United States District Court, N.D. Alabama, Northeastern Division
GLENDA LOCKHART and STRAIGHTLINE DRYWALL & ACOUSTICAL, LLC, Plaintiffs,
ANA FRANKLIN, ROBERT WILSON, BLAKE ROBINSON, and JUSTIN POWELL, Defendants.
MEMORANDUM OPINION AND ORDER
MADELINE HUGHES HAIKALA UNITED STATES DISTRICT JUDGE.
to Rules 12(b)(1) and 12(b)(6) of the Federal Rules of Civil
Procedure, defendant Ana Franklin has asked the Court to
dismiss from the plaintiffs' third amended complaint the
state law claims against her. (Doc. 97). Ms. Franklin is the
sheriff of Morgan County, Alabama. As such, she contends that
she is “absolutely immune from suits for
damages” based upon her official acts by virtue of her
position as an executive officer of the State of Alabama.
(Doc. 97, p. 2) (emphasis in motion).
Rule 12(b)(1), a district court must dismiss a claim over
which it lacks subject matter jurisdiction. Rule 12(b)(6)
enables a defendant to move to dismiss a complaint for
“failure to state a claim upon which relief can be
granted.” Fed.R.Civ.P. 12(b)(6). Pursuant to Rule
8(a)(2), a complaint must contain, “a short and plain
statement of the claim showing that the pleader is entitled
to relief.” Fed.R.Civ.P. 8(a)(2). “Generally, to
survive a [Rule 12(b)(6)] motion to dismiss and meet the
requirement of Fed.R.Civ.P. 8(a)(2), a complaint need not
contain ‘detailed factual allegations,' but rather
‘only enough facts to state a claim to relief that is
plausible on its face.'” Maledy v. City of
Enterprise, 2012 WL 1028176, at *1 (M.D. Ala. Mar. 26,
2012) (quoting Bell Atl. Corp. v. Twombly, 550 U.S.
544, 555, 570 (2007)). “Specific facts are not
necessary; the statement need only ‘give the defendant
fair notice of what the . . . claim is and the grounds upon
which it rests.'” Erickson v. Pardus, 551
U.S. 89, 93 (2007) (quoting Twombly, 550 U.S. at
555). In deciding a Rule 12(b)(6) motion to dismiss, a
district court must view the allegations in a complaint in
the light most favorable to the non-moving party. Watts
v. Fla. Int'l Univ., 495 F.3d 1289, 1295 (11th Cir.
2007). A district court must accept well-pled facts as true.
Grossman v. Nati .3d 1228, 1231 (11th Cir. 2000).
Article I, § 14 of the Alabama Constitution, an Alabama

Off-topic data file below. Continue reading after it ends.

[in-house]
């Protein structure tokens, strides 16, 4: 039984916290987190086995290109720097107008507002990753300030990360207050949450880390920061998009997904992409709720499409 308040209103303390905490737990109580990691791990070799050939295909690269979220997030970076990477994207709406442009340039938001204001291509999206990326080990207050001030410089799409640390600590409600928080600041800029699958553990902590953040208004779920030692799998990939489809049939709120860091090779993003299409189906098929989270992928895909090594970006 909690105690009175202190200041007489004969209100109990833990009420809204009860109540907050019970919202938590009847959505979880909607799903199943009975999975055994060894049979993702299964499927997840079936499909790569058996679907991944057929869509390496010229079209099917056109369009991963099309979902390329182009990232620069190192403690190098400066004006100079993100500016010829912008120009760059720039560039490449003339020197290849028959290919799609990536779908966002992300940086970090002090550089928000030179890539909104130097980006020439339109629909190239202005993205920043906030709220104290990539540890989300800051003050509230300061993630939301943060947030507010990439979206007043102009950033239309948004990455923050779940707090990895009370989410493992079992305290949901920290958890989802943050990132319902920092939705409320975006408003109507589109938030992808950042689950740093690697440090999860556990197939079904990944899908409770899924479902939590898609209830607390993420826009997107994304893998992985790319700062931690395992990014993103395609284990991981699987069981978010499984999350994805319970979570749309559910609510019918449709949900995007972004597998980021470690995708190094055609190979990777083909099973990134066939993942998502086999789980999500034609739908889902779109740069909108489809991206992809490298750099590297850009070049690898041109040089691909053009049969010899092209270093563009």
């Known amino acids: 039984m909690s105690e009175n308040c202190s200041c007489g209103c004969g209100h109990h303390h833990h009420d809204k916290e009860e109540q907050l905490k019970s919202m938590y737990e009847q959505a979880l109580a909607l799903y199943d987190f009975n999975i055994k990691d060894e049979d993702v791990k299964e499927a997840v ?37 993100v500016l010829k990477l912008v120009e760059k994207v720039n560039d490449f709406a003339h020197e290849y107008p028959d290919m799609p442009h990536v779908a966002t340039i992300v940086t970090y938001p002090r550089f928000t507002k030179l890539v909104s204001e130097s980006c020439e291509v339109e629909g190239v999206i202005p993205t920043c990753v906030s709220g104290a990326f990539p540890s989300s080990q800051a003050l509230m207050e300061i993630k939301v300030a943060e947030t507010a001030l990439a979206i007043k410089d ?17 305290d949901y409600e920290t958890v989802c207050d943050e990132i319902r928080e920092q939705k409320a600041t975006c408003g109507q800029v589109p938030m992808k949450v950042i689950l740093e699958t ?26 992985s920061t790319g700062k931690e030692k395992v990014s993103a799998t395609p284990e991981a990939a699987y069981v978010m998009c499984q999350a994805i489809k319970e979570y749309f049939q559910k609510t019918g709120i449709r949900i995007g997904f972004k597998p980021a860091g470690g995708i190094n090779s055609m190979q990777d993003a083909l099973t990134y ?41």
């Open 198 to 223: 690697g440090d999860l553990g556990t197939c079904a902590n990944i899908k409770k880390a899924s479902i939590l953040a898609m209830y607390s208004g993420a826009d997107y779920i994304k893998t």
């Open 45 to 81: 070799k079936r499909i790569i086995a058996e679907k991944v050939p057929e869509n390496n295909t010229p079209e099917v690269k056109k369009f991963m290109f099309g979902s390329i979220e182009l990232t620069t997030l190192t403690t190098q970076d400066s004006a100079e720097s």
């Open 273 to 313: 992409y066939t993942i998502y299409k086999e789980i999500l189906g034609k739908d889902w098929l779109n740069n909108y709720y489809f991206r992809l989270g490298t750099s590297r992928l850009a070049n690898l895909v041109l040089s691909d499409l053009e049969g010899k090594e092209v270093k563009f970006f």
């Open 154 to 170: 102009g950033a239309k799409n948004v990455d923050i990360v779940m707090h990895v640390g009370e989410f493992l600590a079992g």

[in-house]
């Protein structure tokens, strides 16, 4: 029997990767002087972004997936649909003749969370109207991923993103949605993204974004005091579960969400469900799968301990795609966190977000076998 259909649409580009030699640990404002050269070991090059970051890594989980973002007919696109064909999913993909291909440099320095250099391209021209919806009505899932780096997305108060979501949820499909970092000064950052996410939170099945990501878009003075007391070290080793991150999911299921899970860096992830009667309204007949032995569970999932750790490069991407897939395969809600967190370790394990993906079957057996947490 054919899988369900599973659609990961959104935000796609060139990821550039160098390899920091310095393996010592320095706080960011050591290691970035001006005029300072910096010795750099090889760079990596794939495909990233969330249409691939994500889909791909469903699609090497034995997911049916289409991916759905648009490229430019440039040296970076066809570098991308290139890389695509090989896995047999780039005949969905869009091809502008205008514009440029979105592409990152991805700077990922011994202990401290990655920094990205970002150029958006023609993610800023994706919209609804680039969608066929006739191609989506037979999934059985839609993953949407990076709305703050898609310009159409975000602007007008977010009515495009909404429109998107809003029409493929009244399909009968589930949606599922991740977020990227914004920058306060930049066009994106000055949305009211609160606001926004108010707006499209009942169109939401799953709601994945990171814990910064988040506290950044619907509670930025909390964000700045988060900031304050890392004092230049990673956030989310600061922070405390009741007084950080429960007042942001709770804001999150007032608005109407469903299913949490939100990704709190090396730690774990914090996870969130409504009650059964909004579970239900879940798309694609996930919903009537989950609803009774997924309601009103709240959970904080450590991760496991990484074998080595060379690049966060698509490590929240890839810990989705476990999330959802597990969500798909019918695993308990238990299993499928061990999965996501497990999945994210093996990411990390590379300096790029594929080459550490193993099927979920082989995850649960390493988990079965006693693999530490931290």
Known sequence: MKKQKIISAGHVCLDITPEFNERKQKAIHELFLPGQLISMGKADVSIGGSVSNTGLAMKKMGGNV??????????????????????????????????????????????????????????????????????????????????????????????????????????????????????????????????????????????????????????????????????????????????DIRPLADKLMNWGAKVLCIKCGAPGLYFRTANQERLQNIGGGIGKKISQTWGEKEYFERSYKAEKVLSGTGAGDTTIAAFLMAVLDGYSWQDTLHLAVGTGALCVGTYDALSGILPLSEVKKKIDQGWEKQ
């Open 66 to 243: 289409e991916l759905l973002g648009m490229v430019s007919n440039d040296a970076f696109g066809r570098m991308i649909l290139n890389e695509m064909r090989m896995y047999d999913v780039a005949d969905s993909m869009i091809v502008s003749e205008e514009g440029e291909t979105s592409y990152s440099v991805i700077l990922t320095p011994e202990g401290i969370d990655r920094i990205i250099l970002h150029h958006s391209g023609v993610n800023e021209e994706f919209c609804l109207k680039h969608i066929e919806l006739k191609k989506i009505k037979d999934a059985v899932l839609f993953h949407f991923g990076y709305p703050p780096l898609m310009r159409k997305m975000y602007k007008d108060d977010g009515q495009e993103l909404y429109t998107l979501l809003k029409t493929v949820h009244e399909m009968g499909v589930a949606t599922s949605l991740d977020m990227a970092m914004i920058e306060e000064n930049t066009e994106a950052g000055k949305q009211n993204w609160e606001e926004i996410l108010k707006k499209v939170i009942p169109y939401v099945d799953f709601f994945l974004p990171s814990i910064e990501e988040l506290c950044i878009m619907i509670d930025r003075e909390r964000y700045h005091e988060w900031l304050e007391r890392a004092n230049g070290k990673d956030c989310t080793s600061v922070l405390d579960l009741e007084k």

sheriff is immune from state law claims for damages when the
conduct that forms the basis of the state law claims was
“performed within the course and scope of the
officer's employment.” Ex parte Davis, 930
So.2d 497, 500-01 (Ala. 2005). A sheriff is not immune from
state law claims based on conduct that is outside of the
“course and scope” of the sheriff's
employment, such as conduct “undertaken for some
personal motive to further some personal interest and not as
a part of [her] duties.” Davis, 930 So.2d at
501. Accepting the allegations of the plaintiffs'
complaint as true, the plaintiffs' state law claims
against Sheriff Franklin are based on conduct
“undertaken for some personal motive to further some
personal interest” and not as a part of Sheriff
Franklin's official duties. Davis, 930 So.2d at
plaintiffs have sued Sheriff Franklin in her individual
capacity. (Doc. 79, ¶ 3). The plaintiffs allege that
plaintiff Glenda Lockhart regularly blogged about Sheriff
Franklin's involvement in purported public corruption.
(Doc. 79, ¶¶ 10, 19). The plaintiffs contend that
Sheriff Franklin “wanted [Ms. Lockhart's]
Whistleblower Blog shut down, ” and Sheriff Franklin
wanted to arrest Ms. Lockhart. (Doc. 79, ¶ 24). The
plaintiffs allege that Sheriff Franklin, working with some of
her deputy sheriffs, embarked upon a campaign to develop
information that would give Sheriff Franklin the means to
arrest Ms. Lockhart and silence the Whistleblower Blog. That
campaign allegedly involved intimidation, bribery, and other
misconduct. (Doc. 79, pp. 21-28).
Franklin's effort purportedly culminated in a warrant
request for plaintiff Straightline's office; the warrant
application allegedly contained fraudulent information. (Doc.
79, ¶ 68). Pursuant to that warrant, Sheriff Franklin
and the other defendants purportedly seized every computer
and electronic device at Straightline and later returned many
of the devices in a damaged or inoperable condition. (Doc.
79, ¶¶ 69, 72). Moreover, according to the
plaintiffs, Sheriff Franklin and the other defendants did not
return many of the devices that the defendants seized. (Doc.
79, ¶ 73).
plaintiffs allege that Sheriff Franklin and her co-defendants
acted “in an effort to suppress and retaliate against
Lockhart's lawful speech made in the Whistleblower Blog.
The Defendants' actions were made willfully, maliciously,
fraudulently, in bad faith, beyond their respective
authority, or under a mistaken interpretation of the
law.” (Doc. 79, ¶ 79). The plaintiffs include
additional factual allegations in their third amended
complaint, but the allegations summarized here are enough to
address Sheriff Franklin's motion to dismiss.
Franklin has cited no authority for the proposition that a
sheriff acts within the line and scope of her employment when
she engages in bribery, intimidation, and other misconduct to
silence a private citizen who has been publicly critical of
the sheriff. The Court is aware of no such authority. See
generally Cooper v. Smith, 2013 WL 252382 (M.D. Ala.
2013). Accepting the allegations of the third amended
complaint as true, the Court finds that Sheriff Franklin
cannot establish at this phase of the litigation that she is
entitled to absolute immunity from the plaintiffs' state
law claims for damages. Therefore, the Court denies Sheriff
Franklin's motion to dismiss.